The following steps are completely safe if the following steps are done exactly as shown.

Do not under any circumstances open the case on any PSU! The capacitors in it will hold enough current to kill or severely burn you for several days even after powered off and unplugged.Unplug the PSU until instructed to plug it in.

This is meant to determine if a suspect PSU is bad or not and not meant to be a definitive PSU test tutorial.

Method One

Step One
1. Switch off the PSU if it has a switch and unplug it from the wall power or UPS. This must be done because even with computer powered off, the PSU is still on and has voltage present in its connectors.
2. Open the computer and locate the large power connector. It is normally on the right side of the motherboard.
3. Locate the locking tab on the connector, press it in to release and wiggle the connector and pull it out of the socket.
This is what it looks like and will have 20 or 24 pins and may be a white color.

Step Two

1. Bend a paper clip as shown in the illustration below.
2. Insert one end in the connector hole with the green wire and the other end to any one with a black wire. We have jumpered the green and a black conductor now.
3. See illustration above to locate the proper connectors.

Do not jumper ANY conductors other than GREEN and BLACK.

4. After jumpering the green and black conductors as shown above, plug in and switch on (if previously switched off) the PSU.
5. Check the PSU fan, it should be running now, if so the PSU is working. The case fans may run at this time which is normal. They may not run too which is also normal.
5. At this point if the PSU fan runs but the PC still won’t power on or has other issues, continue to method two below.

Method Two

1. Unplug the PSU. This method will use a Volt/Ohm meter (VOM) if available, to check the voltage out put. Leave the jumper connected. See illustration below.
2. Adjust the VOM to so it will read at least 20VDC, volts DC, direct current. Put the black VOM lead on any black conductor and the red on another color.
Yellow = 12VDC (11.4 – 12.6)
Red = 5VDC (4.75 – 5.25)
Orange = 3.3VDC (3.135 – 3.465)
These color conductors will have the same voltage on any of the PSU connectors.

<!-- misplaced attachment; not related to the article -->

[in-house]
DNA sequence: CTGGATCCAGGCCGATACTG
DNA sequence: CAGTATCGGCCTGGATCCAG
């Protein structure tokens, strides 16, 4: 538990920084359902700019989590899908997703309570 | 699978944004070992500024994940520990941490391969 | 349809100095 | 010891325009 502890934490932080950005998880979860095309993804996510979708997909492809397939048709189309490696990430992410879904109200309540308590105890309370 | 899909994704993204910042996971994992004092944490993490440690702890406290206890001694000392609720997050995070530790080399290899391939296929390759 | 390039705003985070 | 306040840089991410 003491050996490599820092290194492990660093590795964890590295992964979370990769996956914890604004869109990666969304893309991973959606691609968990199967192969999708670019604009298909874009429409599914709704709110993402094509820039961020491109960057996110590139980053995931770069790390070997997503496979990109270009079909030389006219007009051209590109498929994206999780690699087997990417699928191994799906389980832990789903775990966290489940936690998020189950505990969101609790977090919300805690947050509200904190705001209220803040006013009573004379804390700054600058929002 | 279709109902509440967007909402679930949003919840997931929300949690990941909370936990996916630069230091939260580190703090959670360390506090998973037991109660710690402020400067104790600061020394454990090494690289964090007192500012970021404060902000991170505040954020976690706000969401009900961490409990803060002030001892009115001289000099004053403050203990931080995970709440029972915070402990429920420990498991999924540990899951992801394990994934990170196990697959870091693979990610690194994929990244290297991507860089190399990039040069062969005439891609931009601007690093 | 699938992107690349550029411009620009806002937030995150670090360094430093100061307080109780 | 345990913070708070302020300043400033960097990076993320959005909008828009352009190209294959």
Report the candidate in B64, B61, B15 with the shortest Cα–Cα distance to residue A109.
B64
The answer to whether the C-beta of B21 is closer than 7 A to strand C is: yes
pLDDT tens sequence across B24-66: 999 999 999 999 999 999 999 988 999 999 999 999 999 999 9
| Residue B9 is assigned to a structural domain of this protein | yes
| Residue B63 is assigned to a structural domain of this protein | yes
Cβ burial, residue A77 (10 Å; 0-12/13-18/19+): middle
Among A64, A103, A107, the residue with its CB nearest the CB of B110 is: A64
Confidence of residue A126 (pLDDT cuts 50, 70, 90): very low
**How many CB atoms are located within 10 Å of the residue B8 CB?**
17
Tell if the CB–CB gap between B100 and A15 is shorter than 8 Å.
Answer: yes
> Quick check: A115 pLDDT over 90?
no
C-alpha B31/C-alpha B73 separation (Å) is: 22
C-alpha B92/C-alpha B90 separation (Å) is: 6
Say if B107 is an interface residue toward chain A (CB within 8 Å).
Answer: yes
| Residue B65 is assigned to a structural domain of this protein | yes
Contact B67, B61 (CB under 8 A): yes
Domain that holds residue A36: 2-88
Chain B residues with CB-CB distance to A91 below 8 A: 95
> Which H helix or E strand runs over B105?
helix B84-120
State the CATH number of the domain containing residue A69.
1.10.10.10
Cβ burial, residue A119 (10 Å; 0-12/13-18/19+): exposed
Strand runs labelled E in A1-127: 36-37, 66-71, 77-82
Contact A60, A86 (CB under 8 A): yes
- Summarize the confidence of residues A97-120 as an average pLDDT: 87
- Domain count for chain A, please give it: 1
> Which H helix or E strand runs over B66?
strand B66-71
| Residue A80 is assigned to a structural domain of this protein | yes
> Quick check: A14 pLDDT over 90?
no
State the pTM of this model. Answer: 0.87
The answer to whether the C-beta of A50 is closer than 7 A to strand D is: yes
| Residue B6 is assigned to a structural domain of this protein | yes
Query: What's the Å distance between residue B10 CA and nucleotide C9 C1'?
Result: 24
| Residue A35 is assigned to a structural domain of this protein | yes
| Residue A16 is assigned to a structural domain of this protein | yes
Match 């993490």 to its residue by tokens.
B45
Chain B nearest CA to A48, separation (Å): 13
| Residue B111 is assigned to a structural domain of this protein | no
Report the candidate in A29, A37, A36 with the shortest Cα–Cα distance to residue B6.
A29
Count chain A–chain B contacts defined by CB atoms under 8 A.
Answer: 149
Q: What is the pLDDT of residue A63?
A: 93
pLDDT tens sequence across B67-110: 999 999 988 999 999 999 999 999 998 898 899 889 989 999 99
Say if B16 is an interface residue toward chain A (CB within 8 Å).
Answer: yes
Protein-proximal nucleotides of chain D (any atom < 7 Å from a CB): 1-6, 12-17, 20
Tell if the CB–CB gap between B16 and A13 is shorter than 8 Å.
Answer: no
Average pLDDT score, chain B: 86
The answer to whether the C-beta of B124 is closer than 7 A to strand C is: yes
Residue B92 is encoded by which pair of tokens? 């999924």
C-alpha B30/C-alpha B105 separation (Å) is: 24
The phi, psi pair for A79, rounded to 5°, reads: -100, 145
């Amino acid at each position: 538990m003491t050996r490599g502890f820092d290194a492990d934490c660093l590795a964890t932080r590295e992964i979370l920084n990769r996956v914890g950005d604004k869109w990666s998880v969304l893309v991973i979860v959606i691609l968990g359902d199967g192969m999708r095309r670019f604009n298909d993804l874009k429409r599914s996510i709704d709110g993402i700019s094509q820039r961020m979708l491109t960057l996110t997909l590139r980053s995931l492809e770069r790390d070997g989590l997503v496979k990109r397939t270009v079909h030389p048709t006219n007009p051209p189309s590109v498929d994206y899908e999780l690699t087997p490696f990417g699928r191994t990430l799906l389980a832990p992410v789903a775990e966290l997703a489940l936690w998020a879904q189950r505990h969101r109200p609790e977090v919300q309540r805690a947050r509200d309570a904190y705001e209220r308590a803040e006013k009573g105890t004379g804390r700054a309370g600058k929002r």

3. Plug in the PSU and switch it on. Readings should be ± 5% (in red above) of the nominal voltages. In this picture the VOM is reading a 12VDC lead and shows 11.77 which is within specs and ok. If outside if these ranges, the unit is bad.
4. If the volts are within range but there are still problems, go to method three below.

Method Four

1. A better way to test a PSU is with a dedicated PSU tester like below. It will put a load on the PSU and test volts under load. This shows this PSU faulty due to 0VDC on the 12V 2 connector.
2. A PSU tester will automatically let you know if voltages are where they should be. Many will have an LCD display turn red for a bad PSU and emit a loud series of beeps.

To show a summary of test steps and options of methodology.

Common PSU Connectors

SATA drive power for hard drives and CD/DVD/BluRay drives.

EPS 12V which is usually plugged in near the CPU socket for CPU power.

PCIe for graphics cards. These may be 2×6, 1×6 + 1×8 and other configurations.

Common peripheral, Molex, connector for fans, lights and other case accessories. Adapters are available to use this for SATA, PCIe, and other connectors as well.

Floppy power connector, it is still on many PSUs.
You are done! This should determine whether this PSU is good or bad.

Reference: Power supply unit (computer – Search results – Wikipedia, the free encyclopedia

Also posted at 2xg's blog site